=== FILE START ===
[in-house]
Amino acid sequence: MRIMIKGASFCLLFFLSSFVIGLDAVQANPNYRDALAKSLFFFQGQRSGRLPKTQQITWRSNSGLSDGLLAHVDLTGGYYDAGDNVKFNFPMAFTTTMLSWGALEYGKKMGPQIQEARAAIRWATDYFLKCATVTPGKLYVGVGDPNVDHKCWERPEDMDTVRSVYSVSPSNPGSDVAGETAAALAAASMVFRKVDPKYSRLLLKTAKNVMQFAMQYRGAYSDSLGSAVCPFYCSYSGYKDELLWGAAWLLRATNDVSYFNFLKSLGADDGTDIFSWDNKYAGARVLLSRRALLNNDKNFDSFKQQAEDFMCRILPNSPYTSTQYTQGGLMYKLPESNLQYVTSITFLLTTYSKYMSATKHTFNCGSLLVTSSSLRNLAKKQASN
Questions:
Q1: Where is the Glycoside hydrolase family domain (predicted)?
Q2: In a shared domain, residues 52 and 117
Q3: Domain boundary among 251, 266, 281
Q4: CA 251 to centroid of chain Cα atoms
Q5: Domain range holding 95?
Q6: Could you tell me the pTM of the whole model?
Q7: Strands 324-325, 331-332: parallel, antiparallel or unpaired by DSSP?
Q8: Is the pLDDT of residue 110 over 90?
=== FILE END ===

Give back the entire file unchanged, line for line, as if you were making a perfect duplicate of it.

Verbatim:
[in-house]
Amino acid sequence: MRIMIKGASFCLLFFLSSFVIGLDAVQANPNYRDALAKSLFFFQGQRSGRLPKTQQITWRSNSGLSDGLLAHVDLTGGYYDAGDNVKFNFPMAFTTTMLSWGALEYGKKMGPQIQEARAAIRWATDYFLKCATVTPGKLYVGVGDPNVDHKCWERPEDMDTVRSVYSVSPSNPGSDVAGETAAALAAASMVFRKVDPKYSRLLLKTAKNVMQFAMQYRGAYSDSLGSAVCPFYCSYSGYKDELLWGAAWLLRATNDVSYFNFLKSLGADDGTDIFSWDNKYAGARVLLSRRALLNNDKNFDSFKQQAEDFMCRILPNSPYTSTQYTQGGLMYKLPESNLQYVTSITFLLTTYSKYMSATKHTFNCGSLLVTSSSLRNLAKKQASN
Questions:
Q1: Where is the Glycoside hydrolase family domain (predicted)?
Q2: In a shared domain, residues 52 and 117
Q3: Domain boundary among 251, 266, 281
Q4: CA 251 to centroid of chain Cα atoms
Q5: Domain range holding 95?
Q6: Could you tell me the pTM of the whole model?
Q7: Strands 324-325, 331-332: parallel, antiparallel or unpaired by DSSP?
Q8: Is the pLDDT of residue 110 over 90?